Matching Grants

How Do Matching Grants Work?

Non-profit givers love matching grants. Who wouldn’t like to double the value of their pledge? Some non-profits promise three dollars or even five dollars in match to every one dollar pledged. We’re not sure of their accounting, and can’t vouch for the truth of their offer, but you deserve to understand ours. Matching grants are offered to match one-time gifts at specific, limited times during our mail and on-air campaigns. Sustaining, month-to-month members are twice each year offered a chance to have their annual generosity matched.

Obvious Question: Should I wait for a matching grant?

Answer: Do not wait. Don’t even take a match unless you need it.

Reason: We simply don’t have enough matching opportunities for all listeners. If you can possibly support a program on its own merits, please leave the match for someone else who just will not pledge without a match. If you take the match, that’s one less enticement we have to motivate someone else! We hope the programs themselves move you enough to offer a personal donation right now. If we have to “tip the scales” with a matching grant to get folks to vote for a show, we’ve failed to prove that this show is essential!

So, how does a matching grant work at Radio Kansas?

As you know, local businesses act as sponsors for our programming. They pay for the electricity and other fixed costs associated with presenting your favorite shows. Their dollars don’t determine what’s on, but once listeners have selected a show, local businesses can take credit for helping!

We ask these businesses to be especially generous when they buy sponsorships, prospectively offering more money than they are yet certain about. Often, we earn their last measure of generosity only if listeners verify the value of our shows by meeting a goal when challenged.

From the perspective of listeners, a match verifies a real monetary goal, a deadline and the concept of scarcity (this offer will run out) – all essential to turn good intentions into action. A modest monthly contribution to public radio makes so much sense that thousands of people all tell themselves they will pledge – and even give themselves credit for having decided to do the right thing – but they don’t actually call! Matching grants give a reason to act…now. Most grants are scheduled such that they should run out, so we ask pledgers to actively request a match if they want one.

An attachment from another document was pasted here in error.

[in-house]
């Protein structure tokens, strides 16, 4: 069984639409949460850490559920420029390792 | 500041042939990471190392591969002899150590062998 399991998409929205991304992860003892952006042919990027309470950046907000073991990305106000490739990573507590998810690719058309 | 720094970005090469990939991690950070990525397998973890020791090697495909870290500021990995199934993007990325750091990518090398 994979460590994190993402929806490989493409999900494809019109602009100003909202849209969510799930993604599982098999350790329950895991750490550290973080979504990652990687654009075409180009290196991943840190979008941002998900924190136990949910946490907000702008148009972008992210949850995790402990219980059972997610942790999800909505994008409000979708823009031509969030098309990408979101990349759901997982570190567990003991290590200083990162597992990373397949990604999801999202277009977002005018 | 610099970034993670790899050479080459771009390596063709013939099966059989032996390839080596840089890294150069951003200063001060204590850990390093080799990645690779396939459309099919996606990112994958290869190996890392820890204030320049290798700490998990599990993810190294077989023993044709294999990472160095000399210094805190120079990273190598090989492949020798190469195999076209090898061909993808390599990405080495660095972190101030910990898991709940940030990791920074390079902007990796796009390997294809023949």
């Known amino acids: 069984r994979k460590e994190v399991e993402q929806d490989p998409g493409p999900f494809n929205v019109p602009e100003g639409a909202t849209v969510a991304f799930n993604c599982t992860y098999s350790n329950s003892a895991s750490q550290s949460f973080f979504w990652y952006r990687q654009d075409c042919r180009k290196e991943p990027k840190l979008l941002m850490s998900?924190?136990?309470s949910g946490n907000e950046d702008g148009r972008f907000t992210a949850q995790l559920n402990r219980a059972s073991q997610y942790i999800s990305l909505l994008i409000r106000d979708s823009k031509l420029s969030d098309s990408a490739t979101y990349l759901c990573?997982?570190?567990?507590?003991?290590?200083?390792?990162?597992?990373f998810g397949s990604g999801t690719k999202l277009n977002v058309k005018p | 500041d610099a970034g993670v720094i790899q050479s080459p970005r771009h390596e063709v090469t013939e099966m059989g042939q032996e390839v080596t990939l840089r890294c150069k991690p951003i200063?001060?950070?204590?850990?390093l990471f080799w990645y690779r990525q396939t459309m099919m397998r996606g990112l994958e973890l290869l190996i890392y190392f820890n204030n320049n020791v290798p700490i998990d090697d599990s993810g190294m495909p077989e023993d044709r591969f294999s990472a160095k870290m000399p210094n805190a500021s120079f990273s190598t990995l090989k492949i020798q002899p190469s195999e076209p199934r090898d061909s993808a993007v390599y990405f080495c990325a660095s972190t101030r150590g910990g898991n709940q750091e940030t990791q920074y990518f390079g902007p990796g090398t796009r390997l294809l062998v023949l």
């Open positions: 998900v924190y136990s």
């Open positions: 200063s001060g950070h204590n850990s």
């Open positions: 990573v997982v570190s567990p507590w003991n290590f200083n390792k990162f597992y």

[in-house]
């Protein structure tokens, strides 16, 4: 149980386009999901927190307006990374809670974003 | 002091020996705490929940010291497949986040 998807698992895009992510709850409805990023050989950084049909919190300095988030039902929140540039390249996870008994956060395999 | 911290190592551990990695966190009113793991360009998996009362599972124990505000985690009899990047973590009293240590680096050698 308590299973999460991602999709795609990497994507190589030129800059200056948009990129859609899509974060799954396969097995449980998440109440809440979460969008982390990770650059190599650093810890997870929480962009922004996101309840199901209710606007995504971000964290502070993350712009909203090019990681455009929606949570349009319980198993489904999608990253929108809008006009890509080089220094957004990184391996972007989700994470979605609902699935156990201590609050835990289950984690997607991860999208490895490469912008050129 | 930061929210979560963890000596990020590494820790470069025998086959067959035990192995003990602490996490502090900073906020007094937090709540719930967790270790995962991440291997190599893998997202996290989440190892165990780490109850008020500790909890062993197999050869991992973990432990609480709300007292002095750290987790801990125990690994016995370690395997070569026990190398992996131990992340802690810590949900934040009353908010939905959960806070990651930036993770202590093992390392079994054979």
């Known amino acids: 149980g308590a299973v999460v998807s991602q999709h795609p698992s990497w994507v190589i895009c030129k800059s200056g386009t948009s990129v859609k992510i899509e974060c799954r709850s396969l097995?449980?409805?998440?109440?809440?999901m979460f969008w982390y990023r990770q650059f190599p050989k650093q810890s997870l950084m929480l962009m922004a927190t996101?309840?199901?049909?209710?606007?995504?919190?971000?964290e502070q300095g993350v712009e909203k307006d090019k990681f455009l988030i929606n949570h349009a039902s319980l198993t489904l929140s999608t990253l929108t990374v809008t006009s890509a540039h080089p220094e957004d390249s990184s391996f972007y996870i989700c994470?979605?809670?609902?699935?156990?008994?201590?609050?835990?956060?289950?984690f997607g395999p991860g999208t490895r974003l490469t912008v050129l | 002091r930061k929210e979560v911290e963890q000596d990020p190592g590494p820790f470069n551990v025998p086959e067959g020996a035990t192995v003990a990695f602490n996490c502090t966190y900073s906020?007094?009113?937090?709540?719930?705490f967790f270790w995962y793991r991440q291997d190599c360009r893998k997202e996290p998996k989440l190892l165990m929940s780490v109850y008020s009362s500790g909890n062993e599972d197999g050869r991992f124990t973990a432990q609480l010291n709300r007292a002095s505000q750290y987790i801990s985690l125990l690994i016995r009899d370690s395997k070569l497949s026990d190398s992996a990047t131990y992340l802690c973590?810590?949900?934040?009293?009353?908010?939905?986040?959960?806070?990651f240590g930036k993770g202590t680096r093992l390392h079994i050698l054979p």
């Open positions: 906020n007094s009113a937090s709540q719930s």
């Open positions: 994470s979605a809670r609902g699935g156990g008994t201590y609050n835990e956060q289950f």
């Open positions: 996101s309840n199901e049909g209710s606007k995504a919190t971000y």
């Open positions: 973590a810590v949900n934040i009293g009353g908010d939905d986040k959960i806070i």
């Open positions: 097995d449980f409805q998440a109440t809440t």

How do we administer a match? Most underwriters pay monthly on their sponsorship contract, so most of the year there is an unpaid balance. They are responsible for the full sum only if listeners verify that they value the show! From the business perspective: The sponsor undertook the donation with the understanding that listeners would appreciate their support of a program they love. Listener participation in a challenge grant verifies that this is true. Our promise to match is a guarantee of the quality of our product!

At any given moment, a majority of those listening are due to renew or have never given. If there aren’t enough people willing to rise to a matching challenge, it suggests that the program in question is not fulfilling our public service mission. If the sponsor is associated with more than one show, we may pivot and offer those dollars to another audience!

So, these are dollars offered, but not owed until confirmed by listeners. The match truly does bring money to Radio Kansas that we won’t get otherwise. If listeners together deny the value by failing to fully match, we really do rebate the difference to the underwriter. Depending upon the situation we may zero the remainder of what is owed, we may offer additional free spots, or – in the case that they have already contributed more than we match – we draft a check back to the business. This strict accounting is why you seldom hear Radio Kansas offer more than a dollar-for-dollar match. It’s real, and there’s only so much opportunity to go around!

So – to recap – don’t wait for a match. Pledge because you value the program. Leave the matching dollars for folks who only sort of value the show. Send the message yourself that funding the program is an obvious personal choice, so continuing the program should be an obvious choice for the station.